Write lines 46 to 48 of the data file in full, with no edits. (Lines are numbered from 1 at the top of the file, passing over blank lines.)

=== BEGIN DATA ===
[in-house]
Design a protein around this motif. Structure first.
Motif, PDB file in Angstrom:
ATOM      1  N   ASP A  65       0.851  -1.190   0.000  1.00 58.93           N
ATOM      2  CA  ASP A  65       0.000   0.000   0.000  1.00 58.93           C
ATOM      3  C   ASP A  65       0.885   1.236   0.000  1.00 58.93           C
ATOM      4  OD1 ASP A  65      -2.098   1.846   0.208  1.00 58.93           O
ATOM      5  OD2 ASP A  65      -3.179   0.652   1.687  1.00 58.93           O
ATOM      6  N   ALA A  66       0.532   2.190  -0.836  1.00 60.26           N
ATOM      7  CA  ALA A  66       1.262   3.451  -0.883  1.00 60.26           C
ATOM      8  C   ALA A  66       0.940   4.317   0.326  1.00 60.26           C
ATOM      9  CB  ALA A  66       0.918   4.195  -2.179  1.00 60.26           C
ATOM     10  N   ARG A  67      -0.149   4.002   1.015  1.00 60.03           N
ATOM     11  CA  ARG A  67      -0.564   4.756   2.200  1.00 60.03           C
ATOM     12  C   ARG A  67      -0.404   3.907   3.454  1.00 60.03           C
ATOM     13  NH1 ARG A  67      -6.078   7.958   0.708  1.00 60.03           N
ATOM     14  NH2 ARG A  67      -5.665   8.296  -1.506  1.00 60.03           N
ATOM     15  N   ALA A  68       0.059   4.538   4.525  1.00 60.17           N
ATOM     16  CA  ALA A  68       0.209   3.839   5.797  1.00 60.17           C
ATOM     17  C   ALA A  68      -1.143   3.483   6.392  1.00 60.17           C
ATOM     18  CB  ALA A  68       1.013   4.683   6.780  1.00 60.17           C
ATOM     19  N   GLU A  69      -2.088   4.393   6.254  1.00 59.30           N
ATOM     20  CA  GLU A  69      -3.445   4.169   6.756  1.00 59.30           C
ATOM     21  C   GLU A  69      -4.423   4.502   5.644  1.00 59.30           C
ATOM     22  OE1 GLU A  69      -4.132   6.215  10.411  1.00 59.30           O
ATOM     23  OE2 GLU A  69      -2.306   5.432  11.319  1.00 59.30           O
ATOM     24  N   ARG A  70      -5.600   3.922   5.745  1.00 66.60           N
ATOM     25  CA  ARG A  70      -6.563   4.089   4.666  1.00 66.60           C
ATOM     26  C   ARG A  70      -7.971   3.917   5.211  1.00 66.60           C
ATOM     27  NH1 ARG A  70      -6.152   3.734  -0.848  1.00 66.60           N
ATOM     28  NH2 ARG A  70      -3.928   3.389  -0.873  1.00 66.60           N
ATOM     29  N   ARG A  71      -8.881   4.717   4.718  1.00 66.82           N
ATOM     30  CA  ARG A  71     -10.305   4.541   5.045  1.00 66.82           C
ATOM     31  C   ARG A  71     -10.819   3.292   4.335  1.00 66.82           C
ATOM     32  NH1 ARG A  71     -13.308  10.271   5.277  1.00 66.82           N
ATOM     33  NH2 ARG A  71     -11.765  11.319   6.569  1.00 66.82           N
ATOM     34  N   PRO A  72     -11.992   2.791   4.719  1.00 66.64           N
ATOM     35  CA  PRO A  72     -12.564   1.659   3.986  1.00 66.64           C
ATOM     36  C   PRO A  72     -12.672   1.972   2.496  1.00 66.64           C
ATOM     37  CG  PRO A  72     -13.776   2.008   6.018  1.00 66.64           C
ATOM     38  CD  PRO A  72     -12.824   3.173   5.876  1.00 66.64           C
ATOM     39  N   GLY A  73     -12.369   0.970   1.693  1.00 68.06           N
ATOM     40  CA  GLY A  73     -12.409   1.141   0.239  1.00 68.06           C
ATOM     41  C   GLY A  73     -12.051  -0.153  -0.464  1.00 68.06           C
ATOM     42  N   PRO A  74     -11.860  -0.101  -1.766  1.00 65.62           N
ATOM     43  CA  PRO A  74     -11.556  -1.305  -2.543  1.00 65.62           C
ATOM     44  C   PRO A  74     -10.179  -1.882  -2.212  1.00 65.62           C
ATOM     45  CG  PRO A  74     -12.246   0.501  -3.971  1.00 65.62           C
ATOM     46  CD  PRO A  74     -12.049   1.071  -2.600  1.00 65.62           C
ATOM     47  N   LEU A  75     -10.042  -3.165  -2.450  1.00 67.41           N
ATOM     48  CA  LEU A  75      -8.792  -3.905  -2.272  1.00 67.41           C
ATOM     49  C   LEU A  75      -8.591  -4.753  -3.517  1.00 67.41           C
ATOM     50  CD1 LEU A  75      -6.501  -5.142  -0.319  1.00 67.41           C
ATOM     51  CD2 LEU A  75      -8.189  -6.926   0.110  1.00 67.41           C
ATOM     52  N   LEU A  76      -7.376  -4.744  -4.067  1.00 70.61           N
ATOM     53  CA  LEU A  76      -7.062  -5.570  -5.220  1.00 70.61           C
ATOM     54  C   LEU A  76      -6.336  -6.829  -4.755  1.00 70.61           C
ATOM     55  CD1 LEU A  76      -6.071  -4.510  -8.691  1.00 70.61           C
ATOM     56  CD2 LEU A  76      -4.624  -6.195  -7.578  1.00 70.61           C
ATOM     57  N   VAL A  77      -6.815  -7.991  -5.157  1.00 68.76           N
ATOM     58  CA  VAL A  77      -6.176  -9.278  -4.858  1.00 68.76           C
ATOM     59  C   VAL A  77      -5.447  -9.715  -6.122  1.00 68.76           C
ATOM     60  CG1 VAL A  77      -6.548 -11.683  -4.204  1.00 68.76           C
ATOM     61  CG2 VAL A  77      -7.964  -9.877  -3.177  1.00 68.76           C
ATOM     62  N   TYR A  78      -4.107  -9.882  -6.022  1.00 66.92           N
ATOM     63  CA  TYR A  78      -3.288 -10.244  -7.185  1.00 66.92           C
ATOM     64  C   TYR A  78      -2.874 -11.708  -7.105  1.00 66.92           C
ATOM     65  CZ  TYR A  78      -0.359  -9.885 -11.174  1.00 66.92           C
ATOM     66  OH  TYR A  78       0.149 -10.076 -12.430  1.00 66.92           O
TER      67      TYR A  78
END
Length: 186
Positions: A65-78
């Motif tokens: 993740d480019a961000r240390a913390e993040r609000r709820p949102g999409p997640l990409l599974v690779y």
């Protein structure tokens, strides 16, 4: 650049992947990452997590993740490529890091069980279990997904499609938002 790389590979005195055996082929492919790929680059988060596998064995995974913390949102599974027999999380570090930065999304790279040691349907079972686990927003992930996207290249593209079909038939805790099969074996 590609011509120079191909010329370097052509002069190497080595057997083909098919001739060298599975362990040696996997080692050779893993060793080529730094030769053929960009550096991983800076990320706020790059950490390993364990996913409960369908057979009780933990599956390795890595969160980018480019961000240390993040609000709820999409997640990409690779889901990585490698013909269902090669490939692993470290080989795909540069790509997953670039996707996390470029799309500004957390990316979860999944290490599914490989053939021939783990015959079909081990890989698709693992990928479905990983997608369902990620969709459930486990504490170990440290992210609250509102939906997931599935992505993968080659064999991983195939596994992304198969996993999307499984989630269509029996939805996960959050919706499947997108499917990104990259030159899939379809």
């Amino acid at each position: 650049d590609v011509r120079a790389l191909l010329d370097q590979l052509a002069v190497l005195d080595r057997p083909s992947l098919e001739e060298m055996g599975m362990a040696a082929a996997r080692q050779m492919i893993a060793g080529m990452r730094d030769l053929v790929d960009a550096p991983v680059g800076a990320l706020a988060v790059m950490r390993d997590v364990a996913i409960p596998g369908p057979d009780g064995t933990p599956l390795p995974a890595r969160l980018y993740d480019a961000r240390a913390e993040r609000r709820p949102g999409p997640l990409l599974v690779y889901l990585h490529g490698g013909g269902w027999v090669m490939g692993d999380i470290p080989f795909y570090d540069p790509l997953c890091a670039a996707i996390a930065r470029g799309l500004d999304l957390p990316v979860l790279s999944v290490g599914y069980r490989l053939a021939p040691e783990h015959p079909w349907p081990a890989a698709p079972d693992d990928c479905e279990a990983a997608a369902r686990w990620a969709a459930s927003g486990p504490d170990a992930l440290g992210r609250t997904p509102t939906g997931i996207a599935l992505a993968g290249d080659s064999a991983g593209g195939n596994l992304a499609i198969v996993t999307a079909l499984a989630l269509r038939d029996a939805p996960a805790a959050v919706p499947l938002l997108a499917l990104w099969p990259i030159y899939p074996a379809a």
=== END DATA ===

ATOM     43  CA  PRO A  74     -11.556  -1.305  -2.543  1.00 65.62           C
ATOM     44  C   PRO A  74     -10.179  -1.882  -2.212  1.00 65.62           C
ATOM     45  CG  PRO A  74     -12.246   0.501  -3.971  1.00 65.62           C